MLGW makes technology advances in wake of 'Hurricane Elvis' - Action News 5 - Memphis, Tennessee

MLGW makes technology advances in wake of 'Hurricane Elvis'

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MEMPHIS, TN -

(WMC-TV) - Ten years ago, a storm so strong many swore it was a "hurricane" swept Memphis and the Mid-South.

The storm killed seven people, damaged more than $500 million in property and MLGW developed a new approach to restoring power in the wake of the 2003 super storm now nicknamed "Hurricane Elvis".

Ten years later, everyone from the utility's front-line to the powers-that-be say it will not take 16 days again to power back up when the next big storm rolls through.

The storm mobilized MLGW for a 10-year transformation. Better logistics, better training and new equipment like mini-derricks – smaller vehicles that can replace fallen poles in hard-to-reach places.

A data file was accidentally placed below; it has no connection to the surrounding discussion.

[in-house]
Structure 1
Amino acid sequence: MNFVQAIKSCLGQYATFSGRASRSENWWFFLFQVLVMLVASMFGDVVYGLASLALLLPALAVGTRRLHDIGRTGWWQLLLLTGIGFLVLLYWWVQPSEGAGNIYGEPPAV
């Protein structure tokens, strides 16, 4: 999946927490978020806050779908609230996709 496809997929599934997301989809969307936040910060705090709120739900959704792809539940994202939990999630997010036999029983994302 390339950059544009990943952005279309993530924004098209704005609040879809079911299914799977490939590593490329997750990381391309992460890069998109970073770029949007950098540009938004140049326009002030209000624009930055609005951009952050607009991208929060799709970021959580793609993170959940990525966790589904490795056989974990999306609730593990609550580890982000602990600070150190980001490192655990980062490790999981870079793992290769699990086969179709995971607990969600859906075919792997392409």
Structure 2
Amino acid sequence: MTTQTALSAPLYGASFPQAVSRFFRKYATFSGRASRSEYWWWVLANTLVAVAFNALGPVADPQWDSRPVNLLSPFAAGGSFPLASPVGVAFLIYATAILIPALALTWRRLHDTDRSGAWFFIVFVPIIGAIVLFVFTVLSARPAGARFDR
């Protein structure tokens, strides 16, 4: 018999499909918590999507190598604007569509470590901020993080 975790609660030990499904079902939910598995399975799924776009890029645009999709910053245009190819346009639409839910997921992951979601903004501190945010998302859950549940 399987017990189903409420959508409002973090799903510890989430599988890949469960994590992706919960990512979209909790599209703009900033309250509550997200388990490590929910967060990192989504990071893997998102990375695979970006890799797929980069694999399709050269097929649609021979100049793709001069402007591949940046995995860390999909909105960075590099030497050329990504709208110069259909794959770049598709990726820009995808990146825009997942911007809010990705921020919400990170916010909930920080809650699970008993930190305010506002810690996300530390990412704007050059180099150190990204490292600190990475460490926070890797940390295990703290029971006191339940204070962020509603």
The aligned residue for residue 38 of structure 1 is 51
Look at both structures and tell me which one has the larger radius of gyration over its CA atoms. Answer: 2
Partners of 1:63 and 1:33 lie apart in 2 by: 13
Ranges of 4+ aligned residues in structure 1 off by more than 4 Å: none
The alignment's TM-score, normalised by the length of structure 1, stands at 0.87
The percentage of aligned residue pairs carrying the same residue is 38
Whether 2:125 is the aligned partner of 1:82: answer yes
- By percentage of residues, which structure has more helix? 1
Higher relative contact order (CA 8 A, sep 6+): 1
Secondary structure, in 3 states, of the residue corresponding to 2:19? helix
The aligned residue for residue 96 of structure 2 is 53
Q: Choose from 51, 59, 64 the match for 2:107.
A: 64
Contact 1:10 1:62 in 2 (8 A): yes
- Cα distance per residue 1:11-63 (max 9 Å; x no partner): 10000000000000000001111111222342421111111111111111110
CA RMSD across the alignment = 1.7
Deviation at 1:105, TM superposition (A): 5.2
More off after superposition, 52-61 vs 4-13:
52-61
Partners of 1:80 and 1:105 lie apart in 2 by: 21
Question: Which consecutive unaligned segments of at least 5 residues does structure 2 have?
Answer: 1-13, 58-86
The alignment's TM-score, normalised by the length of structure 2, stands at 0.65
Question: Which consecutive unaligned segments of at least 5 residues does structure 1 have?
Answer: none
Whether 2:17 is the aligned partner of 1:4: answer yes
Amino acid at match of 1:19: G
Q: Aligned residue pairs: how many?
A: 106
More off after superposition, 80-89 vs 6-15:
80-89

"When poles are in the rear of the address, we can actually get back there and set a new pole instead of hand-digging it," said MLGW Electrical General Foreman Earnest Holliday, who was a crew leader lineman repairing damage in 2003.

When "Hurricane Elvis" hit, Callen Hays' position didn't even exist at MLGW.

Today, the utility's crisis management coordinator huddles with his team in the utility's Emergency Response "war room." They monitor real-time outages online and link the data to customers via social media and a free iPhone/Android app. He said the new technology coupled with the freedom to marshal other municipalities' utility resources will reduce MLGW's response time in a storm as brutal as 2003's disaster.

"If it was the exact same event and it was the exact same magnitude, I think we could definitely shave three or four days off of the response," Hays said.

"With the training and with the high technology that's brought in, I think we're pretty much ready for anything," said Holliday.

Hays said another new technology that could shave another one or two days off of MLGW's storm response time: the controversial ‘smart meters' the Memphis City Council is debating. They are permanent and possibly voluntary meters that would automatically measure power consumption and alert the utility to outages by specific address. Opponents argued the meters are potential fire hazards and would cost meter-readers their jobs.

The council's scheduled to vote on the smart meters next month.

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